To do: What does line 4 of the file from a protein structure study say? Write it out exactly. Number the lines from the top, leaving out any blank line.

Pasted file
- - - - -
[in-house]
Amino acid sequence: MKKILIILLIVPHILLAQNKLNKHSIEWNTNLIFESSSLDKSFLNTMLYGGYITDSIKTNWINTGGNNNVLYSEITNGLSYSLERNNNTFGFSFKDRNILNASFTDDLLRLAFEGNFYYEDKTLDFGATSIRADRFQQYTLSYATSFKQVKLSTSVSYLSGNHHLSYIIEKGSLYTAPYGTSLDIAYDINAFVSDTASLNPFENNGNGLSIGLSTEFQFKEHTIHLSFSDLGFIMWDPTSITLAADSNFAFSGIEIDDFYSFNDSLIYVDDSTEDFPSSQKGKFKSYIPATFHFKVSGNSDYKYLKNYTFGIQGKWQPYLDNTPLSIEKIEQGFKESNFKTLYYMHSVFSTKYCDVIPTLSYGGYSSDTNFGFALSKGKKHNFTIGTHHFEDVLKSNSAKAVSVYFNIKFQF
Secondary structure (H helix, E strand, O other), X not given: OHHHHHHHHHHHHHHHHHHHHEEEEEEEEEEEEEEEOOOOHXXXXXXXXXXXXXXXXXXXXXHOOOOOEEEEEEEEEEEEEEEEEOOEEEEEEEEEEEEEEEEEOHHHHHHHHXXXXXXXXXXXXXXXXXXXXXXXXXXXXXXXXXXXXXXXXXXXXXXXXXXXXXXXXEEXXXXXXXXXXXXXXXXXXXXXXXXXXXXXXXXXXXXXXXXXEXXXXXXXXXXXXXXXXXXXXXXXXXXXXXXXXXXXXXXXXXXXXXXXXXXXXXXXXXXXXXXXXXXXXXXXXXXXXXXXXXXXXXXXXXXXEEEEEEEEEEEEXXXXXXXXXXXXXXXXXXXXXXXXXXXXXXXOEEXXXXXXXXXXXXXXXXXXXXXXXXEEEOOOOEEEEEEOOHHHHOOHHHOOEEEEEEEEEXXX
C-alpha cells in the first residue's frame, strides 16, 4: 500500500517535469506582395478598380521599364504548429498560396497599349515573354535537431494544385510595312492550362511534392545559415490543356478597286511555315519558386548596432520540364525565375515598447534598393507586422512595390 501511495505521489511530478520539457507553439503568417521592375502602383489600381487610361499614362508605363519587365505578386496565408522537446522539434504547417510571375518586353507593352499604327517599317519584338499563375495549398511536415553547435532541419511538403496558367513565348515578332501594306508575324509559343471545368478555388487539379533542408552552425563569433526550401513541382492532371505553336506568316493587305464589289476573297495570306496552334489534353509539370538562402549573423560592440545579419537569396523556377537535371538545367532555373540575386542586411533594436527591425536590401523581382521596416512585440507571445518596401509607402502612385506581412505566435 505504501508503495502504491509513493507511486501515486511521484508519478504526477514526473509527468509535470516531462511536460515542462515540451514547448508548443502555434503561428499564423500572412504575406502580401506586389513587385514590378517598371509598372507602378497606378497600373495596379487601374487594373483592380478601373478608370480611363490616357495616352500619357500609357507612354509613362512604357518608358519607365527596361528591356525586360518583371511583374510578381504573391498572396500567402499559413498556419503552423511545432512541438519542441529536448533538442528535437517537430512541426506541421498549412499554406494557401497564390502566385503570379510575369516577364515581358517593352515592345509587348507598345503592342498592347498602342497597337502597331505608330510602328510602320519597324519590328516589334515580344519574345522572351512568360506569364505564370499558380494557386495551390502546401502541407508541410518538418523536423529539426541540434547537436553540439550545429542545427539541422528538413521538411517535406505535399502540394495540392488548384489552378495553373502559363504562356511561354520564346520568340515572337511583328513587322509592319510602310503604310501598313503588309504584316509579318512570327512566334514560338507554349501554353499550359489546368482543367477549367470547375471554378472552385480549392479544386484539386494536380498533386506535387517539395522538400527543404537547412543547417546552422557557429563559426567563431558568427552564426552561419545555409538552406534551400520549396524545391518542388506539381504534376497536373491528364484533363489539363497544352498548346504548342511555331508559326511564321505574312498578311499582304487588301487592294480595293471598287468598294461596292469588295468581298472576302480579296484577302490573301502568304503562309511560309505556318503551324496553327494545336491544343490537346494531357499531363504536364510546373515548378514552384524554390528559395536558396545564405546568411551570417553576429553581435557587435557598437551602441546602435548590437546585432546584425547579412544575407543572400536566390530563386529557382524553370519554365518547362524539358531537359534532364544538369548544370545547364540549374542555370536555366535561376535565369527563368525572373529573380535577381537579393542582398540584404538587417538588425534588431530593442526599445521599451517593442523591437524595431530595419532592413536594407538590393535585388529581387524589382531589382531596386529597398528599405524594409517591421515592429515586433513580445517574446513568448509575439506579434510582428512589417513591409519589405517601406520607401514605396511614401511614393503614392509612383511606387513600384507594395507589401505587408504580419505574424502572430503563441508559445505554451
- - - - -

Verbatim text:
C-alpha cells in the first residue's frame, strides 16, 4: 500500500517535469506582395478598380521599364504548429498560396497599349515573354535537431494544385510595312492550362511534392545559415490543356478597286511555315519558386548596432520540364525565375515598447534598393507586422512595390 501511495505521489511530478520539457507553439503568417521592375502602383489600381487610361499614362508605363519587365505578386496565408522537446522539434504547417510571375518586353507593352499604327517599317519584338499563375495549398511536415553547435532541419511538403496558367513565348515578332501594306508575324509559343471545368478555388487539379533542408552552425563569433526550401513541382492532371505553336506568316493587305464589289476573297495570306496552334489534353509539370538562402549573423560592440545579419537569396523556377537535371538545367532555373540575386542586411533594436527591425536590401523581382521596416512585440507571445518596401509607402502612385506581412505566435 505504501508503495502504491509513493507511486501515486511521484508519478504526477514526473509527468509535470516531462511536460515542462515540451514547448508548443502555434503561428499564423500572412504575406502580401506586389513587385514590378517598371509598372507602378497606378497600373495596379487601374487594373483592380478601373478608370480611363490616357495616352500619357500609357507612354509613362512604357518608358519607365527596361528591356525586360518583371511583374510578381504573391498572396500567402499559413498556419503552423511545432512541438519542441529536448533538442528535437517537430512541426506541421498549412499554406494557401497564390502566385503570379510575369516577364515581358517593352515592345509587348507598345503592342498592347498602342497597337502597331505608330510602328510602320519597324519590328516589334515580344519574345522572351512568360506569364505564370499558380494557386495551390502546401502541407508541410518538418523536423529539426541540434547537436553540439550545429542545427539541422528538413521538411517535406505535399502540394495540392488548384489552378495553373502559363504562356511561354520564346520568340515572337511583328513587322509592319510602310503604310501598313503588309504584316509579318512570327512566334514560338507554349501554353499550359489546368482543367477549367470547375471554378472552385480549392479544386484539386494536380498533386506535387517539395522538400527543404537547412543547417546552422557557429563559426567563431558568427552564426552561419545555409538552406534551400520549396524545391518542388506539381504534376497536373491528364484533363489539363497544352498548346504548342511555331508559326511564321505574312498578311499582304487588301487592294480595293471598287468598294461596292469588295468581298472576302480579296484577302490573301502568304503562309511560309505556318503551324496553327494545336491544343490537346494531357499531363504536364510546373515548378514552384524554390528559395536558396545564405546568411551570417553576429553581435557587435557598437551602441546602435548590437546585432546584425547579412544575407543572400536566390530563386529557382524553370519554365518547362524539358531537359534532364544538369548544370545547364540549374542555370536555366535561376535565369527563368525572373529573380535577381537579393542582398540584404538587417538588425534588431530593442526599445521599451517593442523591437524595431530595419532592413536594407538590393535585388529581387524589382531589382531596386529597398528599405524594409517591421515592429515586433513580445517574446513568448509575439506579434510582428512589417513591409519589405517601406520607401514605396511614401511614393503614392509612383511606387513600384507594395507589401505587408504580419505574424502572430503563441508559445505554451